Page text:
‘Freaky Friday’ is a brilliant comedy. I will always remember the initial reaction from Anna as “I’m old” when she discovers she’s no longer in her body. And the classic solution of running into each other to fix the problem. The grandpa and Harry also have to get a mention, as their comedy has to make the audience smile – the gimmick of Harry copying his grandfather’s panic in an earthquake is enough really! This family comedy shouldn’t be one to be lost in history, it is funny and full of nostalgia back to 2003.

Ever After: A Cinderella Story (1998)

I do believe that Cinderella will be a story told over and over again. Back in 1998, Drew Barrymore told the famous tale in another unique way. ‘Ever After’ maintains the Cinderella tale: a young girl is left with her evil stepmother and two stepsisters. She becomes a servant in her own home, although once she’s grown up, she catches the attention of a Prince who will do anything to find his true love again.

‘Ever After’ is set in the 16th Century in France. The film constantly flitters between the two main protagonists. Firstly, Danielle (Drew Barrymore), aka our Cinderella. Danielle lives with her stepmother (played by Anjelica Huston), and her stepsisters, Marguerite (Megan Dodds) and Jacqueline (Melanie Lynskey). Once again, the stepmother is unnecessarily cruel to Danielle and favourites her own children, in particular Marguerite. Jacqueline, on the other hand, has to be one of my favourite characters in the film. Her innocence and kindness are constantly shown on screen portraying that Danielle is not fully alone in her family. From the get-go, Danielle is feisty and will do anything to save her own farm, anything to bring back the life and memory of her father. She is a wonderful character to watch.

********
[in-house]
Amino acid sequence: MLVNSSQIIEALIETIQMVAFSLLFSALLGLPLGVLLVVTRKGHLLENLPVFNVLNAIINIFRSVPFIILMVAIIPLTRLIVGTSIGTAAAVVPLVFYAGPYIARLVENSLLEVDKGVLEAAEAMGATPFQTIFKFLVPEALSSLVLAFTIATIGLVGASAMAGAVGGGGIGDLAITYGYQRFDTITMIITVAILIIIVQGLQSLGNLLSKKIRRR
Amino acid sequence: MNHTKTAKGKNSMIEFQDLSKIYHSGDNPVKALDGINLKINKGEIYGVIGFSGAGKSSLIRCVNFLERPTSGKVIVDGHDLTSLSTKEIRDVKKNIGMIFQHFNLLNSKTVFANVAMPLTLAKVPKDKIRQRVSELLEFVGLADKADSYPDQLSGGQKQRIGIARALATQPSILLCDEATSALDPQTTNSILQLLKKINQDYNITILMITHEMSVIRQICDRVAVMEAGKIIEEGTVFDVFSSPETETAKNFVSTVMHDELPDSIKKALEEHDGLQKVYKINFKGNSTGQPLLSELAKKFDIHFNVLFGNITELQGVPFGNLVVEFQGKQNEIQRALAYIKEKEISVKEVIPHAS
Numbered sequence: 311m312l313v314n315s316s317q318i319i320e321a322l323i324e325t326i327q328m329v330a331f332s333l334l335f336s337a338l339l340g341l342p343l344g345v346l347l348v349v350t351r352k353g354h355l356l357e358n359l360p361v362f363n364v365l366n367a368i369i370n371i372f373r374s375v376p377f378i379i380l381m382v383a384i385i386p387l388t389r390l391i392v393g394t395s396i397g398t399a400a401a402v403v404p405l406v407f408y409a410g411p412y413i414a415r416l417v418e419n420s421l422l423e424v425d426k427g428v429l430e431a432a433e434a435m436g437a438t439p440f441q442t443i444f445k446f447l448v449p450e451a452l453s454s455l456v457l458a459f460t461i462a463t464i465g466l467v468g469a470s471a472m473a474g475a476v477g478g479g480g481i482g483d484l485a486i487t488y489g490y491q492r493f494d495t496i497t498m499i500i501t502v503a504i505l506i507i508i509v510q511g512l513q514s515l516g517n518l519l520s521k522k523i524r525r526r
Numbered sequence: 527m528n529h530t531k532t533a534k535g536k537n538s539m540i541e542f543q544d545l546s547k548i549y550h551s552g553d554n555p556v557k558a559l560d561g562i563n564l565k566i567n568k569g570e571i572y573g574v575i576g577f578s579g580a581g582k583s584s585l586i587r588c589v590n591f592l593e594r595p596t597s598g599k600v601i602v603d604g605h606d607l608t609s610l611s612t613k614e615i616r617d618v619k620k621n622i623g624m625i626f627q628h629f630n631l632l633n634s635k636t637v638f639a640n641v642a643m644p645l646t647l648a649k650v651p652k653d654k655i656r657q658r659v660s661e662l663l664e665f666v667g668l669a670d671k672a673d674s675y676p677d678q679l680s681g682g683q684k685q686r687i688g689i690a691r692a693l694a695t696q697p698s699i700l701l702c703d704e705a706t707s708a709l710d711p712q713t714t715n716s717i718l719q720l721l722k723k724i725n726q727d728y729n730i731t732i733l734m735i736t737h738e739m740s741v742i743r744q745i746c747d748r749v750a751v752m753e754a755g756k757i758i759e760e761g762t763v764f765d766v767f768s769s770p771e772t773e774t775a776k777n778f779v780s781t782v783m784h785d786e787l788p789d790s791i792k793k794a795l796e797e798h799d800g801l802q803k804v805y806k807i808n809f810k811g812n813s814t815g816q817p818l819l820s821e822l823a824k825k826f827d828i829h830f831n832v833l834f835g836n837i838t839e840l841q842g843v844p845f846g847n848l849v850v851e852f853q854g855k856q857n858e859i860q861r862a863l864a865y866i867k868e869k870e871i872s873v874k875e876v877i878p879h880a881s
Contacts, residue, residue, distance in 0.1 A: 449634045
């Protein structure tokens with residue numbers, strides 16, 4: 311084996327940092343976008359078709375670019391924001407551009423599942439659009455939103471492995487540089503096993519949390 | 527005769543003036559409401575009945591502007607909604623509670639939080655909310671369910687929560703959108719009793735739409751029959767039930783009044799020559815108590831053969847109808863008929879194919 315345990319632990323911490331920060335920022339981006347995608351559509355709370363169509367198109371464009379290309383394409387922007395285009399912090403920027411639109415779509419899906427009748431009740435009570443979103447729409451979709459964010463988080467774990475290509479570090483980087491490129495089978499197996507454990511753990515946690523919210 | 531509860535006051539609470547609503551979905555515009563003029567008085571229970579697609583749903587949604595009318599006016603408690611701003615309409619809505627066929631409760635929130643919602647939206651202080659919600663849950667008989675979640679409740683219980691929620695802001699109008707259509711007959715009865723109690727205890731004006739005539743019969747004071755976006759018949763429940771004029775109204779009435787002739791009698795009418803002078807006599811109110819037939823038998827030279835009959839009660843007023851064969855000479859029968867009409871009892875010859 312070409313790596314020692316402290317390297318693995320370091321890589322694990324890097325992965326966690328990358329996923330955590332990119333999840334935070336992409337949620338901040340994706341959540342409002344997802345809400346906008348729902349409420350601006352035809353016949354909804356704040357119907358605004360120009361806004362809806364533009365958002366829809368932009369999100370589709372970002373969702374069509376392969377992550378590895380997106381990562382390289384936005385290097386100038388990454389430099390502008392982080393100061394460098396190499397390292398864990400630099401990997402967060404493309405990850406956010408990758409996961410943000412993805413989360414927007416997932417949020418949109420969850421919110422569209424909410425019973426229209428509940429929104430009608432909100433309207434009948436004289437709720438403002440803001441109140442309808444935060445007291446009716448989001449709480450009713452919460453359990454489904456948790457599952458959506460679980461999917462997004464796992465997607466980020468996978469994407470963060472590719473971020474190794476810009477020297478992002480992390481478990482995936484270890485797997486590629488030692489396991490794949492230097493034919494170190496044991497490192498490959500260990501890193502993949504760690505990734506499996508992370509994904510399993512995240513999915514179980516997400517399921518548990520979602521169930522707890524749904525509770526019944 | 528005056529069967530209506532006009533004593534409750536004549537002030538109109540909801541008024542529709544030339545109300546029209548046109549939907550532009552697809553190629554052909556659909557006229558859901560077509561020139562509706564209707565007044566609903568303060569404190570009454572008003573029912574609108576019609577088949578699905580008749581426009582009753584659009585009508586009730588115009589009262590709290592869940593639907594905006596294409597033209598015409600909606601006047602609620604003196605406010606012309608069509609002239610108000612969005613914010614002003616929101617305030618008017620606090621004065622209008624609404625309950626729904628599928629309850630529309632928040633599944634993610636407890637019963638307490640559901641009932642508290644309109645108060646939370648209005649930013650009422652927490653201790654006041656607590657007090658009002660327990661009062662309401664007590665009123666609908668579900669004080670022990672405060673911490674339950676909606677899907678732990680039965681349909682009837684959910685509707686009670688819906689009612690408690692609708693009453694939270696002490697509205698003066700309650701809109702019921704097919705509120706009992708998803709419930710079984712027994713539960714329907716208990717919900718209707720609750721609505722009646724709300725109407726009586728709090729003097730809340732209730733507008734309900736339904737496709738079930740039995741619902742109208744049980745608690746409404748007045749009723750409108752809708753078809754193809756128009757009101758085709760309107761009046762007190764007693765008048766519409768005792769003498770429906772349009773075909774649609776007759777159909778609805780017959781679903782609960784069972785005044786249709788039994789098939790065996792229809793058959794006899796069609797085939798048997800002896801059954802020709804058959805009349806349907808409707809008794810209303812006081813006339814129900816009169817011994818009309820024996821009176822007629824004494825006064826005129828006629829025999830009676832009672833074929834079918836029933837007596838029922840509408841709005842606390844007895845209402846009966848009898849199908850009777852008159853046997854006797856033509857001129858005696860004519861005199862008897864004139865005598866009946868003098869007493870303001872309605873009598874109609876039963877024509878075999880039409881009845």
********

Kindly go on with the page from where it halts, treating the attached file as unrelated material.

Secondly, we follow the Prince of France, Henry (Dougray Scott). Once he hits our screens, we discover he is angry by his upbringing. He feels forced to live a life of royalty that he does not want. As one of the guards says, “he suffers from an arranged marriage” and all he wants to do is find his own path and his true love. This character is definitely not one to love from the beginning of the film, I actually find that he is a character that you need to learn to understand throughout the film rather than just seeing him as throwing a fit because he can’t get what he wants.

‘Ever After’ is a drama of romance and comedy. The comedy is not slap-you-in-the-face funny, but rather just the occasional chuckles or smiles. There is obviously romance with the story of Cinderella, you can’t expect any different. Additionally, there are a lot of twists and unexpected occurrences in this film, which differs quite dramatically from the traditional tale of Cinderella. Yes, the essence is there, but there’s a lot more to it than the bare bones. The most important one being that this Cinderella doesn’t need a Prince to save the day. Lastly, I cannot say the acting in this film is phenomenal, it is quite sketchy at times, but it adds to the comedy. It’s a cheesy film, not the best well-made, rather the opposite. Do remember it was filmed in 1998 and that definitely reflects throughout the film. Nevertheless, I do love this film. It’s soppy and funny in its own way. Besides, who doesn’t love a story of Cinderella?

Saw III (2006)

These films are a lot better when they are watched in order, so if you’ve not seen the first two films of this ‘Saw’ franchise, find them here: ‘Saw’, ‘Saw II’. ‘Saw III’ echoes a similar pattern of the films before, adding more pieces to the Jigsaw puzzle. The serial killer this time has taken a doctor and a revengeful man to play in his game. Along with his accomplice (the reason why it’s important to watch in order), Jigsaw manipulates every aspect of the game in his usual trickery to force people to face their fears and appreciate their lives as they fight for survival.